Toronto. When film and 35mm cameras were all the rage, a significant savings could be realized by buying bulk 25, 50, or 100 foot rolls of 35mm film, In the darkroom, the film roll was placed in a light tight bulk loader. You could save even more by getting slightly out of date bulk film rolls at a war surplus store like the old Hercules store on Young Street around Wellesley (or was it nearer to Bloor?).
You could buy new empty 35mm cassettes, or use specially made ones like the all brass Leica version (at the end of life, new Leica brass cassettes cost $100)! Or if you were down right frugal, save or scrounge good empty cassettes and reload them.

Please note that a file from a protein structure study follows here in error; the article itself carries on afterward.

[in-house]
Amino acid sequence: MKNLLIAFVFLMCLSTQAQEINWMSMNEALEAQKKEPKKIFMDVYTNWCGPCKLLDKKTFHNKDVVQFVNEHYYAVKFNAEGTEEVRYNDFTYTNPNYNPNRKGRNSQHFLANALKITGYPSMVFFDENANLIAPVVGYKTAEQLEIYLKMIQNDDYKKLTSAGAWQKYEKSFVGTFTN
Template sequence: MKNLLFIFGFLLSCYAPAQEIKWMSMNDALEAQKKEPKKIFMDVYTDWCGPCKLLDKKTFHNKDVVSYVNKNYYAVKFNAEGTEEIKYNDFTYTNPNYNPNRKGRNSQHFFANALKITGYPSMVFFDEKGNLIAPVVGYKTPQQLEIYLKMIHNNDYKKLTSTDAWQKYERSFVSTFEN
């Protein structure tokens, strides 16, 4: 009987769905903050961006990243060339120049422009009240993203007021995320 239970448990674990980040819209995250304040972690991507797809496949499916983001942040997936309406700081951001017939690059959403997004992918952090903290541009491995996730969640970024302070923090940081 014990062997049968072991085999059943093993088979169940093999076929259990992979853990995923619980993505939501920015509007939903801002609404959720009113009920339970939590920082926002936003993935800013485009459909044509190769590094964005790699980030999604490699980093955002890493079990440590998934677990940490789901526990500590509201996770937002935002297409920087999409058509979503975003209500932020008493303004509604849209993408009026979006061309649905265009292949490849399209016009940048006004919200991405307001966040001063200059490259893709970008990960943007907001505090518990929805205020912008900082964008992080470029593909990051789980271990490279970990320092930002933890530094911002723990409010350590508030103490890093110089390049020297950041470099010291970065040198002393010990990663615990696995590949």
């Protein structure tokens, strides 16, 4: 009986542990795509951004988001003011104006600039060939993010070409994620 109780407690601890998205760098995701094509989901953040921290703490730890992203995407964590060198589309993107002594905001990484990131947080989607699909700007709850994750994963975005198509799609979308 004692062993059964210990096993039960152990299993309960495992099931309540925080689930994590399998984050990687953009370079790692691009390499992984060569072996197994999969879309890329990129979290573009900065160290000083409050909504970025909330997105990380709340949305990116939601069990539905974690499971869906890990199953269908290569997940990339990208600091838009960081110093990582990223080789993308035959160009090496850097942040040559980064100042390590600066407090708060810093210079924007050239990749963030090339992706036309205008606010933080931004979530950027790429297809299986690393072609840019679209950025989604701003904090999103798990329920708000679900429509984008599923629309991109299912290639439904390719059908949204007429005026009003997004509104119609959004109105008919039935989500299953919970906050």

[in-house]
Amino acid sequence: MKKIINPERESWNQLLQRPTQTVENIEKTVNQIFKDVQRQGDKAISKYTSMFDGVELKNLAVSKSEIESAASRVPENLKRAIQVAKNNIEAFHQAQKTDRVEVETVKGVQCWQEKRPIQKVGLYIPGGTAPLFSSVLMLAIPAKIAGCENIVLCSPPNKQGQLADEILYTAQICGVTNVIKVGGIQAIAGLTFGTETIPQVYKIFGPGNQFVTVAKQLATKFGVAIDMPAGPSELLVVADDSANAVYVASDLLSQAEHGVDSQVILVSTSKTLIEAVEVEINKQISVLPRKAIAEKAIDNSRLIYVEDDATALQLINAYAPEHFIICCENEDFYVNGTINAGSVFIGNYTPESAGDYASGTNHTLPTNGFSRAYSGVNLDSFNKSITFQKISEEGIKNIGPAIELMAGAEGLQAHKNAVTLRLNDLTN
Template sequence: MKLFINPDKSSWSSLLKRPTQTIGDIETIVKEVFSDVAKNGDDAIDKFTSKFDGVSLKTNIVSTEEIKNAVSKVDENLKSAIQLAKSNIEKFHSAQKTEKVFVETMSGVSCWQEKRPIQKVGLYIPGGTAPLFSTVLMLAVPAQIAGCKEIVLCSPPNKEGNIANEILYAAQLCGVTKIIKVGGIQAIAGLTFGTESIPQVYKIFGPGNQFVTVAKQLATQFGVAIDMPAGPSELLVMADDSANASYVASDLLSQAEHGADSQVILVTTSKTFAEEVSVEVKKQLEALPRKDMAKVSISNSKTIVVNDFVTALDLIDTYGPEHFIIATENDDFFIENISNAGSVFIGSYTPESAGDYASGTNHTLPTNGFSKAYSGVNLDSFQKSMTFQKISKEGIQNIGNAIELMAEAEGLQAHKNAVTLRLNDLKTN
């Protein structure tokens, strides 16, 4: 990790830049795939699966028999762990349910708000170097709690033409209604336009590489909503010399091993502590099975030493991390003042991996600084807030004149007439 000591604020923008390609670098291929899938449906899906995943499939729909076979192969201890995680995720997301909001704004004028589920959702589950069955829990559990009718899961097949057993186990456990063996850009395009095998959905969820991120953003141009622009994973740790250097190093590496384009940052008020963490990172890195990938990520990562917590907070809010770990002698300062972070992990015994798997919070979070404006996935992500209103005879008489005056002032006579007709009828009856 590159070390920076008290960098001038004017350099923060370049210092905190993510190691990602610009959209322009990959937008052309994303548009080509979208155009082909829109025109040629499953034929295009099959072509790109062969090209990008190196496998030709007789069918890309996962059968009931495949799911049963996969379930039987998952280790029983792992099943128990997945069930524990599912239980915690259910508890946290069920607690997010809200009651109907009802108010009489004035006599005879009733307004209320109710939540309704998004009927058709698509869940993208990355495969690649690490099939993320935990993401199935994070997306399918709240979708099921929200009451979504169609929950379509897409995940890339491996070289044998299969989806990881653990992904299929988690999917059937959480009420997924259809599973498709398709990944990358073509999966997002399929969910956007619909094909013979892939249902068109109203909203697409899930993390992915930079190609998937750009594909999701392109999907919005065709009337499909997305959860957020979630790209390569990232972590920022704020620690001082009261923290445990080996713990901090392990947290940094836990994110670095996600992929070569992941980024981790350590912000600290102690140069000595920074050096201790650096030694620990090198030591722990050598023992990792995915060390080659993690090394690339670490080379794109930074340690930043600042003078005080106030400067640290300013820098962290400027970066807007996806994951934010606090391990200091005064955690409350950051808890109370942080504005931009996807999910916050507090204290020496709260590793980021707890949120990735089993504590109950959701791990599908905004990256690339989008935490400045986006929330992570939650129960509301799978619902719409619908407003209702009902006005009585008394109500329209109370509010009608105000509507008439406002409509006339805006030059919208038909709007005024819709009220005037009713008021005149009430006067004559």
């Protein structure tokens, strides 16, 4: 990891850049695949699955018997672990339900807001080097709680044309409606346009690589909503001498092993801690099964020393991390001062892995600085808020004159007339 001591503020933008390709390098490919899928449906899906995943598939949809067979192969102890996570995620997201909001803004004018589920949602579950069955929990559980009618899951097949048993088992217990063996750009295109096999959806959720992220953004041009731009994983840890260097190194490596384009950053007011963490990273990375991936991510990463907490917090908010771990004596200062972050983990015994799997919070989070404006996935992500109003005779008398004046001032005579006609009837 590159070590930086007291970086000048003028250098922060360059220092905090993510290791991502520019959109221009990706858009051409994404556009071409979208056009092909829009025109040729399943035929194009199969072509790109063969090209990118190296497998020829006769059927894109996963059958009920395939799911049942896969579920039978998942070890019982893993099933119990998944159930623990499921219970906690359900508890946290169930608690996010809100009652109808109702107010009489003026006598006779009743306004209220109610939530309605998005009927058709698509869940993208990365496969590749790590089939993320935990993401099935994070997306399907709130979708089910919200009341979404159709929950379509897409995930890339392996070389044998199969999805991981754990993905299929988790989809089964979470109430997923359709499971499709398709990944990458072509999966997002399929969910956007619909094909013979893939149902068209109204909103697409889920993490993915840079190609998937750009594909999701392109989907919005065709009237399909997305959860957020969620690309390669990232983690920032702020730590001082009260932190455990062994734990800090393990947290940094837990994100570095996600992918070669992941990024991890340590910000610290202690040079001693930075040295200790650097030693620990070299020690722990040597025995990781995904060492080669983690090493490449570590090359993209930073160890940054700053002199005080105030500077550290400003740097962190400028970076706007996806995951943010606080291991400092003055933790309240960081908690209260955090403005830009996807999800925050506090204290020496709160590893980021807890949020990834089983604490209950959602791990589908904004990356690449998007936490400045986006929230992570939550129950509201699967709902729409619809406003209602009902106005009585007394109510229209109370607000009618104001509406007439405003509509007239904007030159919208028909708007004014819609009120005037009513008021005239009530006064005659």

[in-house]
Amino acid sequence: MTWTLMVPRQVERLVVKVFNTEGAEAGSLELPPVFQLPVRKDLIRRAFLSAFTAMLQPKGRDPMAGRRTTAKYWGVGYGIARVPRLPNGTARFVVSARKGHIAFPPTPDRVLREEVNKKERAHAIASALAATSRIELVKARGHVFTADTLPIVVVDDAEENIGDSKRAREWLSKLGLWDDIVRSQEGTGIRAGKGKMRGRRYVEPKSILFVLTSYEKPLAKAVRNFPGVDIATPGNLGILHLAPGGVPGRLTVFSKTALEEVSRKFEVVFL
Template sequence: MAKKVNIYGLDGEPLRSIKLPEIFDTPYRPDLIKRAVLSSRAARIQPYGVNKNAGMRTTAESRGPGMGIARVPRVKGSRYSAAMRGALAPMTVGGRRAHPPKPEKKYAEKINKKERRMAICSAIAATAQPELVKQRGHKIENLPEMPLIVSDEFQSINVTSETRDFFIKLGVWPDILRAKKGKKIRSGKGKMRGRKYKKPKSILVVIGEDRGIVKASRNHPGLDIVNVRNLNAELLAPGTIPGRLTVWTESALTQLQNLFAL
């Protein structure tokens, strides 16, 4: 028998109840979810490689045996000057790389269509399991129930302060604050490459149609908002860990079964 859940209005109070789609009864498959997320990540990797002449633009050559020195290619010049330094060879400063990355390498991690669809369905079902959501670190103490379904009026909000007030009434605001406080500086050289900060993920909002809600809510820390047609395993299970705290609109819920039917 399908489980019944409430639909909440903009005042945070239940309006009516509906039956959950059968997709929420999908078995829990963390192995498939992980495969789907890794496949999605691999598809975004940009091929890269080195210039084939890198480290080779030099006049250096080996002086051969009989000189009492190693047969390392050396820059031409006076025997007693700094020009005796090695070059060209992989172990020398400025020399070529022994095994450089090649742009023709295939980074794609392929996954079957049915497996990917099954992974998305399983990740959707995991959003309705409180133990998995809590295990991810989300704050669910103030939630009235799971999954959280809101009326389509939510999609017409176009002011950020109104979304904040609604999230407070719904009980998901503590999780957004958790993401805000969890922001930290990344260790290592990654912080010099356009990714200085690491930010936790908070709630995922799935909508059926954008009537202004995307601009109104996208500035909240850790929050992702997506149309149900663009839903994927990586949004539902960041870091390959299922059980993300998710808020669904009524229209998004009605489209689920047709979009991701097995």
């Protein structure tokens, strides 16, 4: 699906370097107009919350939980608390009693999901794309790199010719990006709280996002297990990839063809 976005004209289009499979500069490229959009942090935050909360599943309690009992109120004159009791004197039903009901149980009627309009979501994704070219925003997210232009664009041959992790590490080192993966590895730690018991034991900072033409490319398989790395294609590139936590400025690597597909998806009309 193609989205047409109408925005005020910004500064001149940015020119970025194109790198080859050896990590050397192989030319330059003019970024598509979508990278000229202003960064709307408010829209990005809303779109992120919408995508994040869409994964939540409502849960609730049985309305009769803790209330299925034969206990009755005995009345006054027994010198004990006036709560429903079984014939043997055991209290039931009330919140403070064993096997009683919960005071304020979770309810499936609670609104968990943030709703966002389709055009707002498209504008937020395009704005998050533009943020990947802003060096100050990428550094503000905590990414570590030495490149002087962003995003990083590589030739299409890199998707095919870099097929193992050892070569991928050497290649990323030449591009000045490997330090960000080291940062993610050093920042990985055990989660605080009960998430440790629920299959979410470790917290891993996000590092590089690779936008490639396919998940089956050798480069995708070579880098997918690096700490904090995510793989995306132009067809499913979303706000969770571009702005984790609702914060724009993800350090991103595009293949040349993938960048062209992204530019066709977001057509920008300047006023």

Some companies, like Ansco, even sold kits of film and cassettes so you could save a few dollars and roll your own. The Ansco colour kits had the film trimmed to fit the cassette every 36 exposures plus leader. Leica sold film leader templates and third party templates could be bought at many camera stores. But most people (like me) just trimmed leaders by hand.
Did you know the long leader used on commercial film cassettes was a nod to the screw-mount Leicas? The Leica camera bottom was removed for loading and the leader had to be slipped between the pressure plate and the shutter and dropped into the take-up roller. In some cameras such as the Exakta, a blank cassette could be used in place of the take-up roller so you could wind the exposed film directly into a cassette. Exaktas even had a built-in knife. Leica sold a knife as a separate accessory (ABCOO).